"Why doesn't she just leave?" A question many of us ask in reaction to a story of intimate partner abuse. This reaction speaks to the core of the problem and the erroneous belief that an abused woman has agency -- a capacity to exert power -- in her relationship, when just the opposite is true.
Social researchers and DV practitioners know that psychologically abused women have low self-esteem, which then influences how empowered she feels to have influence over her life. Women with controlling partners experience a slow, insidious, and nearly invisible condition of coercion that entraps them in their intimate relationships. So well hidden, this entrapment can go undetected even by the woman herself.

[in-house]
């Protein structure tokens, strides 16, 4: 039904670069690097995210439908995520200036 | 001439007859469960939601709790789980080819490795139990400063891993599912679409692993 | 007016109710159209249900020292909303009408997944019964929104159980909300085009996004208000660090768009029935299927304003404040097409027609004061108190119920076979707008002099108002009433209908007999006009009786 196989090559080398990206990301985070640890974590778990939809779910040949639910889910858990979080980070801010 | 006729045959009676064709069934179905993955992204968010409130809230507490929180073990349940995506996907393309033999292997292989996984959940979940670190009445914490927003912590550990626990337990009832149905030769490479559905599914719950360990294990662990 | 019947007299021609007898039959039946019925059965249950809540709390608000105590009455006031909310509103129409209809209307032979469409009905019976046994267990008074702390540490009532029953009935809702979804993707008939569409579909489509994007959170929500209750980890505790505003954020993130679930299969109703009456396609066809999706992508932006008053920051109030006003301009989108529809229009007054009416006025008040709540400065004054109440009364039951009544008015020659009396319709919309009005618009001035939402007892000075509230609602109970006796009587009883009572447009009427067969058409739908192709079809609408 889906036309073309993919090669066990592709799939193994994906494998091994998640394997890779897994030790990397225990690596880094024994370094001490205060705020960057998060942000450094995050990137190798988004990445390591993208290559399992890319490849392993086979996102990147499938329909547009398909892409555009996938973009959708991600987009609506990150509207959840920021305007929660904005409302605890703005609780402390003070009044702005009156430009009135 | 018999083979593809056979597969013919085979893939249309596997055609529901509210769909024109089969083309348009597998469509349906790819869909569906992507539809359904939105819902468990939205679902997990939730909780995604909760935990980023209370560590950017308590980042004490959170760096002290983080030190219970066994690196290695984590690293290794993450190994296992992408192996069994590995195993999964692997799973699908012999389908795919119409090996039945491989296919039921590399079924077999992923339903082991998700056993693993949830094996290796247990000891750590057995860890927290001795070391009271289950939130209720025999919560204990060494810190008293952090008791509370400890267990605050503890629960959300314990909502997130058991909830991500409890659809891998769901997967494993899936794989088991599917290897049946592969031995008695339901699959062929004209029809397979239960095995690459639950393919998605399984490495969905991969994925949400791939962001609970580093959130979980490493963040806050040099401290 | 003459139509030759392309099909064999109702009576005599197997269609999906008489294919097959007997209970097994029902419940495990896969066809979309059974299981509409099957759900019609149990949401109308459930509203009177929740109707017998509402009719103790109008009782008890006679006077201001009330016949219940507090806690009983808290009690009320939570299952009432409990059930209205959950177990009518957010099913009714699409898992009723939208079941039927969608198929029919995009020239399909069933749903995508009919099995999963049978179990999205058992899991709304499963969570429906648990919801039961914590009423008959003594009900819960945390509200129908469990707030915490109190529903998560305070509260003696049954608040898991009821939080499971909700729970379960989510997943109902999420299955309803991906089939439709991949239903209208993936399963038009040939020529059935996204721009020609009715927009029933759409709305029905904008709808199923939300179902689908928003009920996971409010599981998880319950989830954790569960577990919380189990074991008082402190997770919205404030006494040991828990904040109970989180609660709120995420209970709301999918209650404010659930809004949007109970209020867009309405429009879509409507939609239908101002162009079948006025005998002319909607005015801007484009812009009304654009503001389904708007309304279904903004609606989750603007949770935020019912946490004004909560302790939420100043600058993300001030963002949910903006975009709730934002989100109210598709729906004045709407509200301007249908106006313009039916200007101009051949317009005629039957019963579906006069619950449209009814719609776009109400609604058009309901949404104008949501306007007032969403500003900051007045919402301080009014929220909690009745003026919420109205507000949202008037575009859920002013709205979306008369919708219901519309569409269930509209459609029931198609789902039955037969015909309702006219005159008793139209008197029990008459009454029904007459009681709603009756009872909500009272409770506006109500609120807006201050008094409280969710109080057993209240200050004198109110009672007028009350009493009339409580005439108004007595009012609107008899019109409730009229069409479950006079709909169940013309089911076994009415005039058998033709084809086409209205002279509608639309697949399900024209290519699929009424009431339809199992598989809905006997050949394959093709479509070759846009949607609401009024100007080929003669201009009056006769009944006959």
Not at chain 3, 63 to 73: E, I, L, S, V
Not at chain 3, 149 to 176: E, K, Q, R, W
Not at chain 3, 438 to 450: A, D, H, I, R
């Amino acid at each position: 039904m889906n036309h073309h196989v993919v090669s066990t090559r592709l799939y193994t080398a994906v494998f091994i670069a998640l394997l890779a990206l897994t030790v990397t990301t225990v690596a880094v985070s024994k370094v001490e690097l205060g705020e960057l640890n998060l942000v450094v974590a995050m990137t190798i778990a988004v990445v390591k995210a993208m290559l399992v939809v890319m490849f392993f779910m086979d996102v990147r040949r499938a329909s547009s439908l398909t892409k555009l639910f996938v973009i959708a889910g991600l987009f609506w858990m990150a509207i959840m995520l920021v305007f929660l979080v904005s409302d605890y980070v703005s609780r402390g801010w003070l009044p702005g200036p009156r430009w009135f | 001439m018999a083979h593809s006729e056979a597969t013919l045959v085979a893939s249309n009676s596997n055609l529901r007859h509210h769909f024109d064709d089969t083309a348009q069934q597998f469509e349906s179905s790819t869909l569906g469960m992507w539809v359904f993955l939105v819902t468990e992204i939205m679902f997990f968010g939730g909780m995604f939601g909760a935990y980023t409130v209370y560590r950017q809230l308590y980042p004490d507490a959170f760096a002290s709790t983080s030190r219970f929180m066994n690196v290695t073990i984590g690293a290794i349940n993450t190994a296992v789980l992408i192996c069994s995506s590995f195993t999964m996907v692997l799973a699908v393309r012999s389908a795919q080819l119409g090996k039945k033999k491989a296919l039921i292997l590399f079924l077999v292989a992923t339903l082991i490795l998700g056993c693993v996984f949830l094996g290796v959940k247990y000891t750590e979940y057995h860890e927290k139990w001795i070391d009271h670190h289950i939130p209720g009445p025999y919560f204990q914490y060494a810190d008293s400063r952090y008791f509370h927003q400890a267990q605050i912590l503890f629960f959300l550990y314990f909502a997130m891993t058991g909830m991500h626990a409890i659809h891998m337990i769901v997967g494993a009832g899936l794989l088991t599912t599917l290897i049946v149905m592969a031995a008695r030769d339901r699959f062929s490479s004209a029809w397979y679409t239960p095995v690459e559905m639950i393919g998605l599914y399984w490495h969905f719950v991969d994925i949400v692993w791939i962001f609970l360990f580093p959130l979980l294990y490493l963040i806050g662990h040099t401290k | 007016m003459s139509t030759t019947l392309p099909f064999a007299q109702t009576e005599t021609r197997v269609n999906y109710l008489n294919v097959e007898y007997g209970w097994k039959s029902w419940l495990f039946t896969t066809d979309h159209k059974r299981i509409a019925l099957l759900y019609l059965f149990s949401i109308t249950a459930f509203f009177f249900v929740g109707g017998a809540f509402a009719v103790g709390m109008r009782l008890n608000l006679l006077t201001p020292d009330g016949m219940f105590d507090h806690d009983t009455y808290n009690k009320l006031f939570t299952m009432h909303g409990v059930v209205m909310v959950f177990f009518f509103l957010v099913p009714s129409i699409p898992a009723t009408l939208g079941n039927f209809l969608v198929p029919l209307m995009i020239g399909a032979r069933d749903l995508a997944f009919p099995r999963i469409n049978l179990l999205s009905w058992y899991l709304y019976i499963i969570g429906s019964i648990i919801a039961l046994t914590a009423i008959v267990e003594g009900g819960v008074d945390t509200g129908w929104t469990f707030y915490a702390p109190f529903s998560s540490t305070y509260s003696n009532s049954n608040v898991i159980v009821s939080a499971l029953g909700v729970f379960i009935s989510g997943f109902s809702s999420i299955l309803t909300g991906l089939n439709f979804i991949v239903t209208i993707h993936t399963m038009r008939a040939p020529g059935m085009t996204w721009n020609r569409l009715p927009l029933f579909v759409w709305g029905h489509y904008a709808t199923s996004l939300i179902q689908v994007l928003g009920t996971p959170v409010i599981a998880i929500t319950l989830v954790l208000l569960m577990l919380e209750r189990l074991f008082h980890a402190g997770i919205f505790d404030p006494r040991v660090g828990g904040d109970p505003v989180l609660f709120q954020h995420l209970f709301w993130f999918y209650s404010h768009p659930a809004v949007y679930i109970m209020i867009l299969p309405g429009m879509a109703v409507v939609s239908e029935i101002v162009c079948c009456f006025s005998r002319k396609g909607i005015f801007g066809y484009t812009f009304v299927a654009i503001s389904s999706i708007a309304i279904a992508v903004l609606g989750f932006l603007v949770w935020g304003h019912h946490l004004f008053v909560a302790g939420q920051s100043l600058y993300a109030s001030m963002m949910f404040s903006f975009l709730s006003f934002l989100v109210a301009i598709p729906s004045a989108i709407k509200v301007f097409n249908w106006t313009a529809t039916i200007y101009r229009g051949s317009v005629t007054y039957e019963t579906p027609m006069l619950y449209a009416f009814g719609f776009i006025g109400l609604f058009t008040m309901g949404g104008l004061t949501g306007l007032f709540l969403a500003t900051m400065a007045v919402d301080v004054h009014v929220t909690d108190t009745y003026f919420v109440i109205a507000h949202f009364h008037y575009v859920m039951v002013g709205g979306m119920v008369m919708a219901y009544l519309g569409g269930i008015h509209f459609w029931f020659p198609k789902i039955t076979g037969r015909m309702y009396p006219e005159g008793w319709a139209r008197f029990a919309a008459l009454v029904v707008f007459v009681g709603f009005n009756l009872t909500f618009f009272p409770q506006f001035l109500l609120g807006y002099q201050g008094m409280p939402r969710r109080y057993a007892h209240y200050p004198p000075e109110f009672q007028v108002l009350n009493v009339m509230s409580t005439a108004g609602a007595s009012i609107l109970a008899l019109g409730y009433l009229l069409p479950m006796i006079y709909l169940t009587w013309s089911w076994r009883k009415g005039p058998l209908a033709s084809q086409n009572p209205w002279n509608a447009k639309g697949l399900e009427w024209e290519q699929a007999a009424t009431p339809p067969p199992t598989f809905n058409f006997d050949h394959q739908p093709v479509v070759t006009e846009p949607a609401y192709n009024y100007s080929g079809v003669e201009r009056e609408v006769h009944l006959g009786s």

Being unaware of what is taking place, women naturally minimise and deny the problems with their intimate partners. It's behaviour so embedded in our culture and social expectations that women don't see it or have words for it. At the same time, a woman's experiences costs her a loss of self-esteem and trust in her own perception -- making it all the more difficult to see the truth.
As friends, family and community members we must not fall into this stereotypical trap of blaming the victim for not taking action. We need to remember that a controlling partner seeks to overpower by using psychological abuse tactics that coerce and persuade his partner to his way of thinking.
We need to help the victim understand what has occurred in her life and help her heal rather than expecting her to fit a mould which may or may not be helpful.
Our safety card includes emergency contacts in Caboolture.
Previous blogs in the 16 Days of Activism Series: